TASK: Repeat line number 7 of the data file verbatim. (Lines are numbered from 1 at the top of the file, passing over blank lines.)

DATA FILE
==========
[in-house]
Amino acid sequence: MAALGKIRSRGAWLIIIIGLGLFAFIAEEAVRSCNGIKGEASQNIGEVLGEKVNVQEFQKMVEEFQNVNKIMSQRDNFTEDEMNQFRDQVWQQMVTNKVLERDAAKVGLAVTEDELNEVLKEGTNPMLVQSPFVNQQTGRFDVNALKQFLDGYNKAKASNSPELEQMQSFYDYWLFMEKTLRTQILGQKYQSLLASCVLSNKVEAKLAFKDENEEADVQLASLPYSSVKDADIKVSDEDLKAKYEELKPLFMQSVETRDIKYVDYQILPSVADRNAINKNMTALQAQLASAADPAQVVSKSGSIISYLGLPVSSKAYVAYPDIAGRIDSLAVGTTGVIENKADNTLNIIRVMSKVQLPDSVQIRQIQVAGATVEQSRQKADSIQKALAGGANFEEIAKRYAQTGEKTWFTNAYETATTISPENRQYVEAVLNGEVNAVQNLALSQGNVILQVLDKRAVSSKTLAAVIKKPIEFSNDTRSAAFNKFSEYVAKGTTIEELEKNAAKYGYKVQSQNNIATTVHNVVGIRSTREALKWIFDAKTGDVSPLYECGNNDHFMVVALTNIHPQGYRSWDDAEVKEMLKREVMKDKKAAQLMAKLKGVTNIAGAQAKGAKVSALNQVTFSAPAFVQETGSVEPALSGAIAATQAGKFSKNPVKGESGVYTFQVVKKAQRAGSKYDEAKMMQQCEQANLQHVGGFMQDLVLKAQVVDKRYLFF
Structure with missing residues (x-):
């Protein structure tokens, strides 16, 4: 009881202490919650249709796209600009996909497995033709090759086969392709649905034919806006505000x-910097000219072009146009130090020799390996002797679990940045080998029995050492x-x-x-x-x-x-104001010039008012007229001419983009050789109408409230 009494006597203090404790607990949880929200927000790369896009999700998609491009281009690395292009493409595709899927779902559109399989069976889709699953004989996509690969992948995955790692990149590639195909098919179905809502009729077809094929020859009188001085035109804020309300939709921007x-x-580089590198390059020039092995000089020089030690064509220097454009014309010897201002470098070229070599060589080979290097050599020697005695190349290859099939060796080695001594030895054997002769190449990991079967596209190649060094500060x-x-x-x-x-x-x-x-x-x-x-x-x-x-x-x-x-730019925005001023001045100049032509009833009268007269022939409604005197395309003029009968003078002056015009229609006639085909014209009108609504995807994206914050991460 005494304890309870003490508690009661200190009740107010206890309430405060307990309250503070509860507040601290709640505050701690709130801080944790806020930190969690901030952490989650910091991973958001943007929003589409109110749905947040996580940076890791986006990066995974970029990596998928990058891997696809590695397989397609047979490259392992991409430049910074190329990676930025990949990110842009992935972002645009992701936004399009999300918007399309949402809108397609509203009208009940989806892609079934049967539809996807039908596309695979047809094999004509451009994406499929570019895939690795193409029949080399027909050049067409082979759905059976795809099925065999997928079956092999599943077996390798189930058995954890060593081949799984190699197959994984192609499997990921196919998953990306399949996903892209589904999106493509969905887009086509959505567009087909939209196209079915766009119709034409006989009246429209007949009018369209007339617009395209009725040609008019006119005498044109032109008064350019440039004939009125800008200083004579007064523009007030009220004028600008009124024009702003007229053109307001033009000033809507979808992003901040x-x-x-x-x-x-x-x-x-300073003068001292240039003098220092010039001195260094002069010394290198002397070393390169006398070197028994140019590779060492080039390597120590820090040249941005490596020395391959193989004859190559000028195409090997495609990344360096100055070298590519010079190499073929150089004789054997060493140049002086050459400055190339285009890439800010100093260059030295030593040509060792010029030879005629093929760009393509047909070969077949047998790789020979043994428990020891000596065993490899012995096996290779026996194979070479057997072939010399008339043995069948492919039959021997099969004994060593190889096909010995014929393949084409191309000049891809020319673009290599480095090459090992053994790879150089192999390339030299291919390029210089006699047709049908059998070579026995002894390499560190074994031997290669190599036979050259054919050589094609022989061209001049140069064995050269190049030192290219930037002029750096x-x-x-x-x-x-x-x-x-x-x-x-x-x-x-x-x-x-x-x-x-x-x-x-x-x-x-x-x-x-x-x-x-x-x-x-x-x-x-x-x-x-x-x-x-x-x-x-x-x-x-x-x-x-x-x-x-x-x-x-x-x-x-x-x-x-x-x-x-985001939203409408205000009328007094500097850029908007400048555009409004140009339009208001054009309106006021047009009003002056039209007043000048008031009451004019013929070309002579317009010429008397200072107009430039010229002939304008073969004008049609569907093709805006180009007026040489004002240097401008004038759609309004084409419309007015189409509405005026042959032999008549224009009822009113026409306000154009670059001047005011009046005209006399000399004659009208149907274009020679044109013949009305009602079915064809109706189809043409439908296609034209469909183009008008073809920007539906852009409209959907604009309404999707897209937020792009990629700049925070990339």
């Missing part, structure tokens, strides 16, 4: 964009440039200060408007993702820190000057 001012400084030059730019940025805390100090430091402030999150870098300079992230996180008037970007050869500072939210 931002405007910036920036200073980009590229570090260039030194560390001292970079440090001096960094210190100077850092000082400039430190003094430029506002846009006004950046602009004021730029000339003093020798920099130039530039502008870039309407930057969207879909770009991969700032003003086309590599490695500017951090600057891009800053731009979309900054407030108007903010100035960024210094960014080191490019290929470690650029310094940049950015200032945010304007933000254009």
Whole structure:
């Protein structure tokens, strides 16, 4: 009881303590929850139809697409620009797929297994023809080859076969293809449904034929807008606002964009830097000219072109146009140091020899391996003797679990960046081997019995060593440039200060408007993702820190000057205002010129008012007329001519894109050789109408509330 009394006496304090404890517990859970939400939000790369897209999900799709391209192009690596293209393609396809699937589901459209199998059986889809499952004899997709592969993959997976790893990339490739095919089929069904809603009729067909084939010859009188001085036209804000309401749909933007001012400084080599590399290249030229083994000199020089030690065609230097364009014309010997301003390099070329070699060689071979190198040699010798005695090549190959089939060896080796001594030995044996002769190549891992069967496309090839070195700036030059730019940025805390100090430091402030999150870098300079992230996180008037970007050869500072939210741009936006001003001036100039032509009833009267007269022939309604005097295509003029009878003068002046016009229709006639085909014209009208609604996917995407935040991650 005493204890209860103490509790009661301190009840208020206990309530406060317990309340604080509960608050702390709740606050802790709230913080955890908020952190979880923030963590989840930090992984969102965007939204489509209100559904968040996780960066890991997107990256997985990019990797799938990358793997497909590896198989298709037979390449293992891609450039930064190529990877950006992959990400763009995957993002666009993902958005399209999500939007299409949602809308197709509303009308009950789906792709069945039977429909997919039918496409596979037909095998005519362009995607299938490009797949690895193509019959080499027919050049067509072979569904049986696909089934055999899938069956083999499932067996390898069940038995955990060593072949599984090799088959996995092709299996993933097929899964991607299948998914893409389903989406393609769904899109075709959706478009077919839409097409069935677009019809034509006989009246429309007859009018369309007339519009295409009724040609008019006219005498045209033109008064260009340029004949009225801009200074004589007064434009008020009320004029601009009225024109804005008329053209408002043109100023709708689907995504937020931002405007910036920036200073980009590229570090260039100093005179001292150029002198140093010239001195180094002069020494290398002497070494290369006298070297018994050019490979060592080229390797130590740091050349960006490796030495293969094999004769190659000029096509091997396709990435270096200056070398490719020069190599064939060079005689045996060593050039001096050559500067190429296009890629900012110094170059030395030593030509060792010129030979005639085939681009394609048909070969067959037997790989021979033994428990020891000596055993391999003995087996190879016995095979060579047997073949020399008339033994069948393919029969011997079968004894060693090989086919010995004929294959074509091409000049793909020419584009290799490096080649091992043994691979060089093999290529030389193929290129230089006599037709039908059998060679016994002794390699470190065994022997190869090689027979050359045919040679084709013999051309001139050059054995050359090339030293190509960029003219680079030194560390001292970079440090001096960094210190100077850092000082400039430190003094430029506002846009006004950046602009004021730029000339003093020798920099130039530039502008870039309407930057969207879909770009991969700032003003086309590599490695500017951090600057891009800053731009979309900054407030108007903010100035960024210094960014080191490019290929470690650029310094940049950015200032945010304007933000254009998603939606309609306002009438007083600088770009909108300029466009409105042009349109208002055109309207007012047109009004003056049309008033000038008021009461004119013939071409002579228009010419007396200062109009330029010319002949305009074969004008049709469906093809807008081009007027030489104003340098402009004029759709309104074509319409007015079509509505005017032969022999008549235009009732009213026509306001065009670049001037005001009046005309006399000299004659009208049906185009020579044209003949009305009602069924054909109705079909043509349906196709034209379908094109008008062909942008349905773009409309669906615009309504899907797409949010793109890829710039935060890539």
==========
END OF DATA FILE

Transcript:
């Protein structure tokens, strides 16, 4: 009881303590929850139809697409620009797929297994023809080859076969293809449904034929807008606002964009830097000219072109146009140091020899391996003797679990960046081997019995060593440039200060408007993702820190000057205002010129008012007329001519894109050789109408509330 009394006496304090404890517990859970939400939000790369897209999900799709391209192009690596293209393609396809699937589901459209199998059986889809499952004899997709592969993959997976790893990339490739095919089929069904809603009729067909084939010859009188001085036209804000309401749909933007001012400084080599590399290249030229083994000199020089030690065609230097364009014309010997301003390099070329070699060689071979190198040699010798005695090549190959089939060896080796001594030995044996002769190549891992069967496309090839070195700036030059730019940025805390100090430091402030999150870098300079992230996180008037970007050869500072939210741009936006001003001036100039032509009833009267007269022939309604005097295509003029009878003068002046016009229709006639085909014209009208609604996917995407935040991650 005493204890209860103490509790009661301190009840208020206990309530406060317990309340604080509960608050702390709740606050802790709230913080955890908020952190979880923030963590989840930090992984969102965007939204489509209100559904968040996780960066890991997107990256997985990019990797799938990358793997497909590896198989298709037979390449293992891609450039930064190529990877950006992959990400763009995957993002666009993902958005399209999500939007299409949602809308197709509303009308009950789906792709069945039977429909997919039918496409596979037909095998005519362009995607299938490009797949690895193509019959080499027919050049067509072979569904049986696909089934055999899938069956083999499932067996390898069940038995955990060593072949599984090799088959996995092709299996993933097929899964991607299948998914893409389903989406393609769904899109075709959706478009077919839409097409069935677009019809034509006989009246429309007859009018369309007339519009295409009724040609008019006219005498045209033109008064260009340029004949009225801009200074004589007064434009008020009320004029601009009225024109804005008329053209408002043109100023709708689907995504937020931002405007910036920036200073980009590229570090260039100093005179001292150029002198140093010239001195180094002069020494290398002497070494290369006298070297018994050019490979060592080229390797130590740091050349960006490796030495293969094999004769190659000029096509091997396709990435270096200056070398490719020069190599064939060079005689045996060593050039001096050559500067190429296009890629900012110094170059030395030593030509060792010129030979005639085939681009394609048909070969067959037997790989021979033994428990020891000596055993391999003995087996190879016995095979060579047997073949020399008339033994069948393919029969011997079968004894060693090989086919010995004929294959074509091409000049793909020419584009290799490096080649091992043994691979060089093999290529030389193929290129230089006599037709039908059998060679016994002794390699470190065994022997190869090689027979050359045919040679084709013999051309001139050059054995050359090339030293190509960029003219680079030194560390001292970079440090001096960094210190100077850092000082400039430190003094430029506002846009006004950046602009004021730029000339003093020798920099130039530039502008870039309407930057969207879909770009991969700032003003086309590599490695500017951090600057891009800053731009979309900054407030108007903010100035960024210094960014080191490019290929470690650029310094940049950015200032945010304007933000254009998603939606309609306002009438007083600088770009909108300029466009409105042009349109208002055109309207007012047109009004003056049309008033000038008021009461004119013939071409002579228009010419007396200062109009330029010319002949305009074969004008049709469906093809807008081009007027030489104003340098402009004029759709309104074509319409007015079509509505005017032969022999008549235009009732009213026509306001065009670049001037005001009046005309006399000299004659009208049906185009020579044209003949009305009602069924054909109705079909043509349906196709034209379908094109008008062909942008349905773009409309669906615009309504899907797409949010793109890829710039935060890539």